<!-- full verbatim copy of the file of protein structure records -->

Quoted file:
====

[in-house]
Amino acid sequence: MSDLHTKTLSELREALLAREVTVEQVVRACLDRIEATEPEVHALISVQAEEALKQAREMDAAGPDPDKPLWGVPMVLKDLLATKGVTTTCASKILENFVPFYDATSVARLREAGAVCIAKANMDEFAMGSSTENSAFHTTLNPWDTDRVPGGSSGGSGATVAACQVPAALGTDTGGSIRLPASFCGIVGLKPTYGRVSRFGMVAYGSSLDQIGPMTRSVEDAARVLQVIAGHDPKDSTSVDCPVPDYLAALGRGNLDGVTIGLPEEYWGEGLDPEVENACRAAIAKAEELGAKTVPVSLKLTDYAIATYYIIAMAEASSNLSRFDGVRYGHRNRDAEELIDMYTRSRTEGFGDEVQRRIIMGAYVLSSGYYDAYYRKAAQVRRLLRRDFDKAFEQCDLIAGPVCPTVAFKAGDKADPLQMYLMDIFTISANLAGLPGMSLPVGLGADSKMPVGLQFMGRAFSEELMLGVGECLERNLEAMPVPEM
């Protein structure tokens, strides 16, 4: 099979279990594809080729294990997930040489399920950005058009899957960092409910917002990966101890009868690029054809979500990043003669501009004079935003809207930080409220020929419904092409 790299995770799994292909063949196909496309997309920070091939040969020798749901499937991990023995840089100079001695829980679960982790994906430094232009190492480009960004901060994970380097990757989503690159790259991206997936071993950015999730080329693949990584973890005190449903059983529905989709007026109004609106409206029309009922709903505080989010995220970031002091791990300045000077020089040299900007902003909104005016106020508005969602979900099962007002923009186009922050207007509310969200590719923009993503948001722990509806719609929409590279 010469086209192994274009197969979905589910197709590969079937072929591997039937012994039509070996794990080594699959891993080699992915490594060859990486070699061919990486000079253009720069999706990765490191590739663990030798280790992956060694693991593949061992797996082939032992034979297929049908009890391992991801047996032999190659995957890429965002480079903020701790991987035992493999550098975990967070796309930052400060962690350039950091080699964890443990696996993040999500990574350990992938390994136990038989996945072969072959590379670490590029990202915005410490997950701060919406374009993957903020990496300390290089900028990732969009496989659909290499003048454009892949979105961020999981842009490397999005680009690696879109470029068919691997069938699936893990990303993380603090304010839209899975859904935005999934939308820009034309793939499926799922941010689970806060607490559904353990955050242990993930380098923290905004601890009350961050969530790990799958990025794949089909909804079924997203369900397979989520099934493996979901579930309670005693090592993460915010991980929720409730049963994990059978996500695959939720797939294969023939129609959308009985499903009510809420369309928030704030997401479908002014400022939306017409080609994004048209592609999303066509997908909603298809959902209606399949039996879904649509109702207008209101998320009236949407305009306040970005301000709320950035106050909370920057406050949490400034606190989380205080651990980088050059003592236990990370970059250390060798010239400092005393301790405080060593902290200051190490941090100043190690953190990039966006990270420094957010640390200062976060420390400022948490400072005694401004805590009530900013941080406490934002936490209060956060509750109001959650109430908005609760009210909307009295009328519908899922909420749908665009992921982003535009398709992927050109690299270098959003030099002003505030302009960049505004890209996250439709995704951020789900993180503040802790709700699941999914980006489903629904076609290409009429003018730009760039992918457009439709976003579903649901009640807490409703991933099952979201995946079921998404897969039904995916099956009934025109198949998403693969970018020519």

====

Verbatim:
[in-house]
Amino acid sequence: MSDLHTKTLSELREALLAREVTVEQVVRACLDRIEATEPEVHALISVQAEEALKQAREMDAAGPDPDKPLWGVPMVLKDLLATKGVTTTCASKILENFVPFYDATSVARLREAGAVCIAKANMDEFAMGSSTENSAFHTTLNPWDTDRVPGGSSGGSGATVAACQVPAALGTDTGGSIRLPASFCGIVGLKPTYGRVSRFGMVAYGSSLDQIGPMTRSVEDAARVLQVIAGHDPKDSTSVDCPVPDYLAALGRGNLDGVTIGLPEEYWGEGLDPEVENACRAAIAKAEELGAKTVPVSLKLTDYAIATYYIIAMAEASSNLSRFDGVRYGHRNRDAEELIDMYTRSRTEGFGDEVQRRIIMGAYVLSSGYYDAYYRKAAQVRRLLRRDFDKAFEQCDLIAGPVCPTVAFKAGDKADPLQMYLMDIFTISANLAGLPGMSLPVGLGADSKMPVGLQFMGRAFSEELMLGVGECLERNLEAMPVPEM
């Protein structure tokens, strides 16, 4: 099979279990594809080729294990997930040489399920950005058009899957960092409910917002990966101890009868690029054809979500990043003669501009004079935003809207930080409220020929419904092409 790299995770799994292909063949196909496309997309920070091939040969020798749901499937991990023995840089100079001695829980679960982790994906430094232009190492480009960004901060994970380097990757989503690159790259991206997936071993950015999730080329693949990584973890005190449903059983529905989709007026109004609106409206029309009922709903505080989010995220970031002091791990300045000077020089040299900007902003909104005016106020508005969602979900099962007002923009186009922050207007509310969200590719923009993503948001722990509806719609929409590279 010469086209192994274009197969979905589910197709590969079937072929591997039937012994039509070996794990080594699959891993080699992915490594060859990486070699061919990486000079253009720069999706990765490191590739663990030798280790992956060694693991593949061992797996082939032992034979297929049908009890391992991801047996032999190659995957890429965002480079903020701790991987035992493999550098975990967070796309930052400060962690350039950091080699964890443990696996993040999500990574350990992938390994136990038989996945072969072959590379670490590029990202915005410490997950701060919406374009993957903020990496300390290089900028990732969009496989659909290499003048454009892949979105961020999981842009490397999005680009690696879109470029068919691997069938699936893990990303993380603090304010839209899975859904935005999934939308820009034309793939499926799922941010689970806060607490559904353990955050242990993930380098923290905004601890009350961050969530790990799958990025794949089909909804079924997203369900397979989520099934493996979901579930309670005693090592993460915010991980929720409730049963994990059978996500695959939720797939294969023939129609959308009985499903009510809420369309928030704030997401479908002014400022939306017409080609994004048209592609999303066509997908909603298809959902209606399949039996879904649509109702207008209101998320009236949407305009306040970005301000709320950035106050909370920057406050949490400034606190989380205080651990980088050059003592236990990370970059250390060798010239400092005393301790405080060593902290200051190490941090100043190690953190990039966006990270420094957010640390200062976060420390400022948490400072005694401004805590009530900013941080406490934002936490209060956060509750109001959650109430908005609760009210909307009295009328519908899922909420749908665009992921982003535009398709992927050109690299270098959003030099002003505030302009960049505004890209996250439709995704951020789900993180503040802790709700699941999914980006489903629904076609290409009429003018730009760039992918457009439709976003579903649901009640807490409703991933099952979201995946079921998404897969039904995916099956009934025109198949998403693969970018020519």